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CLP leader Lia Finocchiaro hits back at rank-and-file over no-confidence motion

No-confidence motions in Lia Finocchiaro's leadership of the CLP have been circulating among the party's rank-and-file. (ABC News: Callum McLaughlin)

The Northern Territory opposition leader has hit out at critics within her own party after a petition surfaced of a rank-and-file vote of no confidence in her leadership.

Members of the Country Liberal Party's (CLP) Litchfield branch have circulated the motion calling for Lia Finocchiaro to step down as the party's leader in the NT Parliament.

The latest development highlights a growing rift between members of the CLP's organisational wing — which earlier this year backed the 'No' campaign of the upcoming Voice to Parliament — and the parliamentary team, which under Ms Finocchiaro's leadership is seeking to present a more neutral stance.

When asked about the petition on Tuesday, Ms Finocchiaro said she wasn't fazed by the motions about her leadership.

"I'm not going to be distracted by people who want to sit around talking about themselves," she said.

"My job is to hold this bad government to account, to lead a strong parliamentary team to the next election, and show Territorians why we're the team to lead the territory out of the financial, fiscal and crime mess that Labor have created."

A no-confidence motion claims there's a perception Ms Finocchiaro isn't backing Peter Dutton and Jacinta Nampijinmpa Price. (ABC News: Chris Fitzpatrick)

The motion lays out four points on why the opposition leader should be removed.

It includes a perception Ms Finocchiaro is "not throwing any support" behind federal Liberal leader Peter Dutton, CLP federal senator Jacinta Nampijinpa Price, and the CLP's president.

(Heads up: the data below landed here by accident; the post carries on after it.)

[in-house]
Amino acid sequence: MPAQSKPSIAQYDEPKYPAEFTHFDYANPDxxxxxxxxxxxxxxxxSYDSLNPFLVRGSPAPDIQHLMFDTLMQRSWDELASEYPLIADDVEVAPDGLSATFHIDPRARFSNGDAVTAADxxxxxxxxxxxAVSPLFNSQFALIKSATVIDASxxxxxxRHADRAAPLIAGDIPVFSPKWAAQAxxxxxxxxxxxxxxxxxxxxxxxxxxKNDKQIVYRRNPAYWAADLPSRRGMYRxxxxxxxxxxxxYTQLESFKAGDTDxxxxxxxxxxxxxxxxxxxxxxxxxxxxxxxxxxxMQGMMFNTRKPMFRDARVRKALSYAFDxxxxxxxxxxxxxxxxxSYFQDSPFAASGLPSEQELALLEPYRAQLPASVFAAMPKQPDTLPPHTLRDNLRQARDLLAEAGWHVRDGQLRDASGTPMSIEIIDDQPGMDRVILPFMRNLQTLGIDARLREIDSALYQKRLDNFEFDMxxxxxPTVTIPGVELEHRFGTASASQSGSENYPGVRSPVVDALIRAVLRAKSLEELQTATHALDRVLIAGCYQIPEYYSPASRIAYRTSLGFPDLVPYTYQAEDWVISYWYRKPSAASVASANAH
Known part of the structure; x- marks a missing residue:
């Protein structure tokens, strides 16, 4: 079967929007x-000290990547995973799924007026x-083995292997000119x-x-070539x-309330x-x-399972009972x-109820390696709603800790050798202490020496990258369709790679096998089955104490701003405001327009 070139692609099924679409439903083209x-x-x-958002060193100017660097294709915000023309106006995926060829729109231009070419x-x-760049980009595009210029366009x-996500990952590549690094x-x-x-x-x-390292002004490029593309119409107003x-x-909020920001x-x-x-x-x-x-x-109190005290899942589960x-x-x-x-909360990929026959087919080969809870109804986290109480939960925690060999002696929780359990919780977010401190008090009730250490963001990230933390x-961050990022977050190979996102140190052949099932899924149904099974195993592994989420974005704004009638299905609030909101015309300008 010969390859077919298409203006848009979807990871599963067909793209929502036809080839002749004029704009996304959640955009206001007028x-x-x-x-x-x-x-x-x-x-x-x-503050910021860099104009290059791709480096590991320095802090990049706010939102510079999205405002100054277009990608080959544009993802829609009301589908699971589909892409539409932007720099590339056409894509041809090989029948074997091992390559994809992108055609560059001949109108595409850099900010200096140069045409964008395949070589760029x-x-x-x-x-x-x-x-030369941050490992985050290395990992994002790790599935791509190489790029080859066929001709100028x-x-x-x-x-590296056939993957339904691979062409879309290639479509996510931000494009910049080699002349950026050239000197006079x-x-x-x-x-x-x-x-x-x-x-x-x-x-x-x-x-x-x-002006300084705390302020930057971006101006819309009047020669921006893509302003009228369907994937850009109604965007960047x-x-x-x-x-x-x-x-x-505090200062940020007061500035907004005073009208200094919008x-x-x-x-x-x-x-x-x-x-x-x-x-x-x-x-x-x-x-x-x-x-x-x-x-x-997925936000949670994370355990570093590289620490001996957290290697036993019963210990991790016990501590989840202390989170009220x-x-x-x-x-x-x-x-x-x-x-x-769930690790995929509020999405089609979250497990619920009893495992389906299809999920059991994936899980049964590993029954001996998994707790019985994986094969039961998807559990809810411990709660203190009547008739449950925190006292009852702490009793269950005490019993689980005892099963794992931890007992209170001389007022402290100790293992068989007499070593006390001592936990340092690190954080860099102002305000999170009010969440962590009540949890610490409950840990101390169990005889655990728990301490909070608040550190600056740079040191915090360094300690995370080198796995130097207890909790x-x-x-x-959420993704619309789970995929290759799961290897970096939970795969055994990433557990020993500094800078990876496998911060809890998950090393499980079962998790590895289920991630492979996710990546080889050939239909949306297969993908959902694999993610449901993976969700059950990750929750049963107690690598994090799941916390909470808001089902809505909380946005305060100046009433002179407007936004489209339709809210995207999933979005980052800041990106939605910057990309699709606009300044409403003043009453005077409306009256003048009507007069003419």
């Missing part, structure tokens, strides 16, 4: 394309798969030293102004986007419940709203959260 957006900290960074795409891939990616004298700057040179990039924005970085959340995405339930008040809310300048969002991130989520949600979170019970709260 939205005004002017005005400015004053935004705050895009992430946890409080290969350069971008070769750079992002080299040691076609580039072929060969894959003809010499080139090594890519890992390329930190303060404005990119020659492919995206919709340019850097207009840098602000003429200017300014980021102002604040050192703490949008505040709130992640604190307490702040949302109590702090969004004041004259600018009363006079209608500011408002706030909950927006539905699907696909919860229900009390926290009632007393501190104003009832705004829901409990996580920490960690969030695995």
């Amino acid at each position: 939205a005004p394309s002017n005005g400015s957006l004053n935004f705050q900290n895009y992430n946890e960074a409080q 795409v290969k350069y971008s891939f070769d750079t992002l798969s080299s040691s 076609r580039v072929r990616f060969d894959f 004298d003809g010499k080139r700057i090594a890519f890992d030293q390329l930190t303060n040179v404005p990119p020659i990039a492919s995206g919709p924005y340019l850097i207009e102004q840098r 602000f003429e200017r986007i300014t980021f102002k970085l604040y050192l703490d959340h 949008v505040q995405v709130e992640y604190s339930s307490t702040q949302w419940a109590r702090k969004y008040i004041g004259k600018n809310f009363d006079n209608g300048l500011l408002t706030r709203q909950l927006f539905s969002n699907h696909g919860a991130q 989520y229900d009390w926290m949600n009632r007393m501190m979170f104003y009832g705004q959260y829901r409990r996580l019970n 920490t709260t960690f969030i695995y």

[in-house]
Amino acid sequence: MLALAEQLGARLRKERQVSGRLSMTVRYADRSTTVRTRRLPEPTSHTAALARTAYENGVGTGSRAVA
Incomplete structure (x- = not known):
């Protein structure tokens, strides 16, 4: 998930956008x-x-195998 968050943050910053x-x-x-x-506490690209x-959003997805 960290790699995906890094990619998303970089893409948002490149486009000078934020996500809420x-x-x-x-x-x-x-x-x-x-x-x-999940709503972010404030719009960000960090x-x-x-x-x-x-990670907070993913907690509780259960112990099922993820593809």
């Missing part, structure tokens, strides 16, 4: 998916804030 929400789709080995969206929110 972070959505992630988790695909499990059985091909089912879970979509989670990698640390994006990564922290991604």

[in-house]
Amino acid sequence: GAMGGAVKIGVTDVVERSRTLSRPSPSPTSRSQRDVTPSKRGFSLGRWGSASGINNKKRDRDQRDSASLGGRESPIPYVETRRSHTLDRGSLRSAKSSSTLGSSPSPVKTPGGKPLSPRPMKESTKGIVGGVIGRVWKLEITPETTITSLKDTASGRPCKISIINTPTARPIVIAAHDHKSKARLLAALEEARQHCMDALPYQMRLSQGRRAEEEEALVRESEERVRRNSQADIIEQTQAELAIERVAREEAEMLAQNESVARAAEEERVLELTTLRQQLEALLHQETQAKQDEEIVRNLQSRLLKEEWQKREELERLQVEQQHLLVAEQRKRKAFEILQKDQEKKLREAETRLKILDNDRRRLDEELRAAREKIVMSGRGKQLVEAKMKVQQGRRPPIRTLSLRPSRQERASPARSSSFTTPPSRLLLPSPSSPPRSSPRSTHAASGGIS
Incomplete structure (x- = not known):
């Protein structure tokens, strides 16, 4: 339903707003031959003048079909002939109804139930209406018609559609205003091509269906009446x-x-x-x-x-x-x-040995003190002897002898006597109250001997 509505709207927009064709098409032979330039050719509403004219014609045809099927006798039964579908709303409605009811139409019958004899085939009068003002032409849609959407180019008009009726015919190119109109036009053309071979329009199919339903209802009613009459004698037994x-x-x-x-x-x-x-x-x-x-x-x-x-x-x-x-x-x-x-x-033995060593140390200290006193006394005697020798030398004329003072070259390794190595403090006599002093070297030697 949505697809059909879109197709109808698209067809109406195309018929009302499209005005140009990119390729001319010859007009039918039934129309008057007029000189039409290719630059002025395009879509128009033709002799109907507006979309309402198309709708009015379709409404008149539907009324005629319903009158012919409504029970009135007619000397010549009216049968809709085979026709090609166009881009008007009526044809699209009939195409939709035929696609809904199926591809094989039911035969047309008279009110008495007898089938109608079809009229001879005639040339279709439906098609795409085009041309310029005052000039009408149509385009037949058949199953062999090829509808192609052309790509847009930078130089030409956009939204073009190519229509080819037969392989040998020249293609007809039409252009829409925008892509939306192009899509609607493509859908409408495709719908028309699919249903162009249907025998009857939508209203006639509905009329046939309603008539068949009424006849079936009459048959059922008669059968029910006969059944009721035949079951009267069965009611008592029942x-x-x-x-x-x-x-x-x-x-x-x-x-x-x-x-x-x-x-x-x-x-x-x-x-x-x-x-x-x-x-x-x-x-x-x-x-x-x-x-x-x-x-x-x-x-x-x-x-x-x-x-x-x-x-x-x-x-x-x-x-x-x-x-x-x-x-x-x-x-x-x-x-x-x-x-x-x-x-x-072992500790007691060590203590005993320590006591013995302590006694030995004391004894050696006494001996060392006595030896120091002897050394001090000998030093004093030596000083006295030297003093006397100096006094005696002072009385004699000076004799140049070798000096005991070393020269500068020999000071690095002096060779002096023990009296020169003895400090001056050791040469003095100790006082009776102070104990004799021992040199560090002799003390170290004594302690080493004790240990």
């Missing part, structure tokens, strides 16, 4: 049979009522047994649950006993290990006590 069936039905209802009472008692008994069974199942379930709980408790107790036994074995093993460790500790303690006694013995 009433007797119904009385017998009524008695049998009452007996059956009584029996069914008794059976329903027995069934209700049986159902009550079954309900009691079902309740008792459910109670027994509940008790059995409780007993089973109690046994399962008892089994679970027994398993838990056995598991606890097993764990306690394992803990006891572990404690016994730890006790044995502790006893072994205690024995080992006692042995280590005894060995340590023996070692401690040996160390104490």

It said Ms Finocchiaro was seen to be absent during the Alice Springs crisis at the start of this year.

"When asked, how she was out of step with her party on the Voice to Parliament. She responded that we do things differently in the (NT)," the motion added.

If successful, the motion would be brought before the CLP's next Central Council meeting, where members of the rank-and-file and parliamentary teams meet several times a year.

In parliament on Wednesday, Deputy Chief Minister Nicole Manison claimed members of the CLP’s Alice Springs branch were also circulating a no-confidence motion.

Ms Manison then tabled the motion of no confidence.

Voice causes division within Country Liberals

The leaking of the no-confidence motion comes amid a widening difference of opinion over the Voice to Parliament, particularly between Senator Price and the parliamentary wing of the party.

At a meeting of Central Council in February, motions backing Senator Price's strident position opposing the Voice to Parliament were passed by the rank-and-file, making a 'No' vote at the upcoming referendum the party's official position.

That decision resulted in the CLP's then-president, Lawson Broad, resigning in a dramatic statement.

"My personal view is that these positions are offensive to a large number of Aboriginal people in the Northern Territory and the population more generally," Mr Broad said.

Former CLP president Lawson Broad quit after the party's organisational wing adopted a 'No' position against the Voice to Parliament. (ABC News: Pete Garnish)

But Ms Finocchiaro has repeatedly refused to be drawn on whether she will back one side over the other in the upcoming referendum.

At a press conference earlier this year, she said she supported the Voice 'in principle' but called on federal leaders — including the prime minister — to travel to the territory and better explain its benefits.

The split within the CLP has given the territory's Labor government ammunition, which has backed the Voice.

Chief Minister Natasha Fyles has previously attacked Ms Finocchiaro for lacking standing within her party and of working to undermine the success of the upcoming referendum.

The government was meanwhile accused of trying to wedge the CLP on the Voice, months out from any potential referendum, with a symbolic motion in parliament letting politicians to declare their stance.

The CLP abstained from the vote.

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